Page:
Princeton economist Paul Krugman and Robert Reich, former labor secretary in the Clinton administration, ripped Obama’s plans for limiting government spending amid high unemployment and not doing enough for middle class America.
WSJ says Obama’s proposal is “a move meant to quell rising concern over the deficit but whose practical impact will be muted.” From the Journal:
To attack the $1.4 trillion deficit, the White House will propose limits on discretionary spending unrelated to the military, veterans, homeland security and international affairs, according to senior administration officials. Also untouched are big entitlement programs such as Social Security and Medicare.
The freeze would affect $447 billion in spending, or 17% of the total federal budget, and would likely be overtaken by growth in the untouched areas of discretionary spending. It’s designed to save $250 billion over the coming decade, compared with what would have been spent had this area been allowed to rise along with inflation.
The administration officials said the cap won’t be imposed across the board. Some areas would see cuts while others, including education and investments related to job creation, would realize increases.
Obama proposing a three-year spending freeze is “appalling on every level,” Krugman writes at Conscience of a Liberal. “It’s bad economics, depressing demand when the economy is still suffering from mass unemployment,” he says.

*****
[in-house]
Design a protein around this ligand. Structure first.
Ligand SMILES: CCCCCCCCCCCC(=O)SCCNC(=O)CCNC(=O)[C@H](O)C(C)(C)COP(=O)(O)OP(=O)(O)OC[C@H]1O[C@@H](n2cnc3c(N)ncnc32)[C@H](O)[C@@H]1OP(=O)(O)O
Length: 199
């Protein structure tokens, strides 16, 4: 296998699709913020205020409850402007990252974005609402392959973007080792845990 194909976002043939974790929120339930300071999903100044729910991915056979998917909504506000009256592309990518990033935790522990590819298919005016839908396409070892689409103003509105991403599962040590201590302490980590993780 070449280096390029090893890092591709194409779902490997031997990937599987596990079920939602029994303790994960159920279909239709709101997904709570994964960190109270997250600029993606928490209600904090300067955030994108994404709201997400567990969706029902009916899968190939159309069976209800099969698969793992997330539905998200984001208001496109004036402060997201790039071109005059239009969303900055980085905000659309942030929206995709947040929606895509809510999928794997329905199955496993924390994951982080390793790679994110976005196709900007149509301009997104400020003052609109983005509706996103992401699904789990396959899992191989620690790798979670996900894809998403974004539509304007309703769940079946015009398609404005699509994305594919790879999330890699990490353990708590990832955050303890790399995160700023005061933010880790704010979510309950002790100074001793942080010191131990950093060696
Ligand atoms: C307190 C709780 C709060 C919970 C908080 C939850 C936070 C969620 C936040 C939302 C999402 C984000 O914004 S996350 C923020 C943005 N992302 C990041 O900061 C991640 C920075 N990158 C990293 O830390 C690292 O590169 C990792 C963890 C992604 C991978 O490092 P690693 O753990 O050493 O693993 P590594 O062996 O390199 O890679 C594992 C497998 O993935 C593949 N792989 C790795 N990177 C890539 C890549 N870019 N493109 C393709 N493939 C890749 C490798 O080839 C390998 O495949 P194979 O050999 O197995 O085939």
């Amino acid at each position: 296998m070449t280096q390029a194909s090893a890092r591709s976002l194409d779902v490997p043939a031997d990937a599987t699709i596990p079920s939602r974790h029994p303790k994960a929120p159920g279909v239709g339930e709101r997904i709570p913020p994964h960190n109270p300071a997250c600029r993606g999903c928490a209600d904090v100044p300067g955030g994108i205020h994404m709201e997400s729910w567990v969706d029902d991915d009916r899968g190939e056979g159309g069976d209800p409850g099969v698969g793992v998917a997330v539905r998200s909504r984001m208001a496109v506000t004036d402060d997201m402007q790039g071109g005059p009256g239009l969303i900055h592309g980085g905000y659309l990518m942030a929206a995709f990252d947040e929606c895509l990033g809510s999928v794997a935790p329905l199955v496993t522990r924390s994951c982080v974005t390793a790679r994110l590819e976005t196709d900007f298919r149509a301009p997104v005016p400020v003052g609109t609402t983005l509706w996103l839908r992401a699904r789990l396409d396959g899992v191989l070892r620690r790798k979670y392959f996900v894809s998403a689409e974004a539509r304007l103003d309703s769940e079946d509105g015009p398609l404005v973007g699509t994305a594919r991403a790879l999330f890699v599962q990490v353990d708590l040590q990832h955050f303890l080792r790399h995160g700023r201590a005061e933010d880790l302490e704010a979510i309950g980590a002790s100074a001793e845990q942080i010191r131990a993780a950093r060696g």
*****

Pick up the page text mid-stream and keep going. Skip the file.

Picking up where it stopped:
He also believes this is bad long-term fiscal policy that’s merely shifting attention away from reforming health care.
“Now, I still cling to a fantasy: maybe, just possibly, Obama is going to tie his spending freeze to something that would actually help the economy, like an employment tax credit,” Krugman adds. “There has, however, been no hint of anything like that in the reports so far. Right now, this looks like pure disaster.”
The administration also proposed new ideas for propping up struggling middle-class families. From WSJ:
On Monday, the president and Vice President Joe Biden announced a handful of modest proposals aimed at supporting middle-class families, the result, they said, of a task force led by Mr. Biden. They said the budget will include an additional $1.6 billion for low-income child-care subsidies, and that they would ask Congress to sweeten a child-care tax credit with more generous help for families earning up to $115,000.
Administration officials wouldn’t say how much the extra tax breaks would cost, or how they would pay for them. The plan also includes new limits for people repaying student loans, capping repayments at 10% of discretionary income, at a cost of $7.5 billion over 10 years, and $102.5 million for help with elder care.
Robert Reich describes the plans as “sensible and worthwhile,” but not nearly big enough. “They pale relative to the size and scale of the challenge America’s middle class is now facing,” he says.
Instead, Reich says Obama should enact a second stimulus that’s focused on bailing out state and local governments as well as helping distressed homeowners by letting them include mortgage debt in personal bankruptcy.
“Instead of moving in this direction, Obama is moving in the opposite one,” Reich says. Budget freeze “will make it impossible for him to do much of anything for the middle class that’s important.”